Two former executives sentenced
The French court in Versailles has ordered the home furnishing giant Ikea to pay more than 1 million euros in fines and damages for an espionage campaign against union representatives, employees and some customers in France. Two former executives of Ikea France were convicted and fined for the affair and sentenced to suspended prison terms. Among the other 13 defendants in the trial, some were acquitted and others were sentenced with suspended sentences.
Abel Amara, a former Ikea employee who helped unmask the offense, called the sentence “a big step in defense of citizens.” “I am pleased that there is justice in France,” he added. Unions have accused Ikea France of collecting personal data by fraudulent means, in particular through illegally obtained police files, and of unlawfully disclosing personal information. Ikea France lawyers denied that the company had a “generalized espionage” strategy. A union lawyer, Solene Debarre, expressed hope that the verdict “will shake some companies.” “One million euros is not much for Ikea, but it is a symbol,” said Debarre. The executive in charge of risk management at the time of the espionage, Jean-Francois Paris, admitted before the French judges that € 530,000 to € 630,000 a year were allocated for such illicit investigations. Paris, the only official to admit the illegal action, said his department was responsible for managing the operation on the orders of former Ikea France CEO Jean-Louis Baillot. Paris was fined € 10,000 and sentenced to 18 months with suspended sentence. Baillot, who denied having ordered an espionage operation, was fined € 50,000 and sentenced to two years with a suspended sentence. Another former CEO of Ikea France was acquitted for lack of evidence.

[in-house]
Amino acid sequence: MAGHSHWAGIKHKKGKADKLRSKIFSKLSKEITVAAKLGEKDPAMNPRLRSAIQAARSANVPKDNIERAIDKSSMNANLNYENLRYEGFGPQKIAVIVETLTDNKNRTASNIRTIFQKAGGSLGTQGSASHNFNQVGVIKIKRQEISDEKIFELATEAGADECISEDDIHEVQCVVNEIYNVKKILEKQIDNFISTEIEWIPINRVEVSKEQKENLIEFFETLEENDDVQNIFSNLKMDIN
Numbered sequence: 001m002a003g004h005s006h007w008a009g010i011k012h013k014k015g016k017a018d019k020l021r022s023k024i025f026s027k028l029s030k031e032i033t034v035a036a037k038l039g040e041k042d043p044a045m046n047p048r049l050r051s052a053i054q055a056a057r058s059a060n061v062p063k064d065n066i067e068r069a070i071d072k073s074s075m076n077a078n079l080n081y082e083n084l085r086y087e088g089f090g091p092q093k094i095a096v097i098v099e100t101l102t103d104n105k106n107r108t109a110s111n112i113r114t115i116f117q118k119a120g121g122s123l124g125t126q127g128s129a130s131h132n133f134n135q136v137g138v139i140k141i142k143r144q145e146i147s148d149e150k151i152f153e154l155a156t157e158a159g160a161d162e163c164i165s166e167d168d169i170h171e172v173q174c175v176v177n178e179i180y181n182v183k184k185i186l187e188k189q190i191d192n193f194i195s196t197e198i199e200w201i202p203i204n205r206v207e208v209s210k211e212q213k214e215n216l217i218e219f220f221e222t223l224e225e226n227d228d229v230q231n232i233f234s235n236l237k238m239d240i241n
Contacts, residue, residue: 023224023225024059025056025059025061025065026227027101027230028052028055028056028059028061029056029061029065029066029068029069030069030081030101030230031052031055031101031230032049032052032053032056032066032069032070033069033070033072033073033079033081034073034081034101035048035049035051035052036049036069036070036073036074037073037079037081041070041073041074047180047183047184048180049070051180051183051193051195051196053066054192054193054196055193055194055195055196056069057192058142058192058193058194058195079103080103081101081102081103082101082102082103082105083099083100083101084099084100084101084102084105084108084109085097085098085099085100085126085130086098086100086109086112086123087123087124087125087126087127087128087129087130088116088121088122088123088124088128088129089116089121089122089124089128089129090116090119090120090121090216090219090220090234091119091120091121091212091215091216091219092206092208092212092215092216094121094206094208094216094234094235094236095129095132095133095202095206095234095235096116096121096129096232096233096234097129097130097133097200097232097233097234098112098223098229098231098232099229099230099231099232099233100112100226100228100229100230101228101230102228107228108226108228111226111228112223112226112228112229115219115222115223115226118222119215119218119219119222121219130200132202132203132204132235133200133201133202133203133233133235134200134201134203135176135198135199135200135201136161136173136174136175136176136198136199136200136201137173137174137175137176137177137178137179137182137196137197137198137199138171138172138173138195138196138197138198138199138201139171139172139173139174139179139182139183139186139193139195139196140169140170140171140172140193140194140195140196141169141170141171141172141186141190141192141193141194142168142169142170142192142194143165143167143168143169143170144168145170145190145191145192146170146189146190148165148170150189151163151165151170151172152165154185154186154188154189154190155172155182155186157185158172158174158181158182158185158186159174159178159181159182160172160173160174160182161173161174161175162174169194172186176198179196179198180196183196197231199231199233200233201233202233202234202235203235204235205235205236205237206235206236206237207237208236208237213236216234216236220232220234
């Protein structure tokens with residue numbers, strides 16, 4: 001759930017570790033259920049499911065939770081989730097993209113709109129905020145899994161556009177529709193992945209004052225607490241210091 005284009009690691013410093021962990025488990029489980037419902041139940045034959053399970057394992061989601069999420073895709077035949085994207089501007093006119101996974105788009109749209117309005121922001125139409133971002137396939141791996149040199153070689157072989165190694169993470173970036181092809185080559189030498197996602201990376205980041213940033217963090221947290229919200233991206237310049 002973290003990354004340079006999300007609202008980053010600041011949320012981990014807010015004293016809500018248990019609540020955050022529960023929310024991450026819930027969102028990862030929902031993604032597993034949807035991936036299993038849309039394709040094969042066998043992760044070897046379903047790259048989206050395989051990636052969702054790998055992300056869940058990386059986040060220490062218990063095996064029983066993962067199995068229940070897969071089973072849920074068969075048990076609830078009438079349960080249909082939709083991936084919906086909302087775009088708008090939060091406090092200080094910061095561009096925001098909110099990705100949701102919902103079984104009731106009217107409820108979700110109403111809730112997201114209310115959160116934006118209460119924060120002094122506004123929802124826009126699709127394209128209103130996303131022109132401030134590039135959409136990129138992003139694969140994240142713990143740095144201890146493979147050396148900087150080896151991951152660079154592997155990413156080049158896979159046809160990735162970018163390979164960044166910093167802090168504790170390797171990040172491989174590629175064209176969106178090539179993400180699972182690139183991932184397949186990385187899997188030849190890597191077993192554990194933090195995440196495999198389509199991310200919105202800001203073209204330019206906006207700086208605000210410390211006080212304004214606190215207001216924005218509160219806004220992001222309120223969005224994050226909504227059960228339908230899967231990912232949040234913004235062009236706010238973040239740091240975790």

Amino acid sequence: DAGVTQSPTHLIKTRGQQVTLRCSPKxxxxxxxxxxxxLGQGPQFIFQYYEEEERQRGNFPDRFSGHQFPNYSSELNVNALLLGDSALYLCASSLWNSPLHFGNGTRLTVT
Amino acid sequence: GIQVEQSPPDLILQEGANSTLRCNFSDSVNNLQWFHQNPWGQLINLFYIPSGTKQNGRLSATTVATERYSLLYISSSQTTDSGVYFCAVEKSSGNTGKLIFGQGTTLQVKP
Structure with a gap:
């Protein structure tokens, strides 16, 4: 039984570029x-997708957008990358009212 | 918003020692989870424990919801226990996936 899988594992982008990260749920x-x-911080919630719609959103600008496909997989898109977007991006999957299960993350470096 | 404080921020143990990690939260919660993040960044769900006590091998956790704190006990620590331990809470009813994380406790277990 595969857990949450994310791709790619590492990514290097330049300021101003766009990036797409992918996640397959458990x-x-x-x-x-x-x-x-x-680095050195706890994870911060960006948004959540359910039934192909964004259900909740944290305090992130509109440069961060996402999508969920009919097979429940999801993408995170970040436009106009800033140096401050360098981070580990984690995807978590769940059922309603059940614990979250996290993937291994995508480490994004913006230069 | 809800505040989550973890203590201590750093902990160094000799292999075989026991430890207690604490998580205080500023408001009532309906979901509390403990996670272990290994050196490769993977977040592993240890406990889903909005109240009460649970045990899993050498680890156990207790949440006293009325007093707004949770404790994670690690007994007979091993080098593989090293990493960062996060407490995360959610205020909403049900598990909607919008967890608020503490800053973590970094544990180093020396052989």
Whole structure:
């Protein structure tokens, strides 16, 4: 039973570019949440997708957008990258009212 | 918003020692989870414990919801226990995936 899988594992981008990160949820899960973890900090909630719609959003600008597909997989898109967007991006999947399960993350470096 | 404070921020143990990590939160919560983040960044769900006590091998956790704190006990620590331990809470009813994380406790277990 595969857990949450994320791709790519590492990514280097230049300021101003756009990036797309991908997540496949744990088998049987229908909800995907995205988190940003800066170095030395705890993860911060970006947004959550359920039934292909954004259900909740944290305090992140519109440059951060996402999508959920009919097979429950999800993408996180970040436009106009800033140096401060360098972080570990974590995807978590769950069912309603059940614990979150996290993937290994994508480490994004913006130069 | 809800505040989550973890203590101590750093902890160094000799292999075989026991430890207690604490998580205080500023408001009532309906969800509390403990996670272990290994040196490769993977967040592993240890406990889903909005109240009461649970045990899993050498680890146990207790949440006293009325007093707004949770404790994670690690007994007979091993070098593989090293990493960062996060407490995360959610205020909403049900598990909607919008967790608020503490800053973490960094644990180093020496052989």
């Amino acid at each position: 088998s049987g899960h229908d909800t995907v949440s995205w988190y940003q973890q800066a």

Ikea France lawyer Emmanuel Daoud said the company has not decided whether to appeal. He said the case was characterized by a lack of hard evidence, and noted that the fines were well below the maximum possible. “The court took into account the action plan that Ikea put in place after the disclosure of the facts in 2012. It is very satisfying,” said Daoud. The company fired four executives and changed internal policy after French prosecutors opened a criminal investigation in 2012. The unions said IkeaFrance paid to gain access to police files that contained information on individuals caught. targets, especially union activists and customers who were in conflict with Ikea. The company also faces potential damages from separate civil lawsuits filed by trade unions and 74 employees. Ikea’s French branch has more than 10,000 employees in 34 stores, an e-commerce site and a customer service center.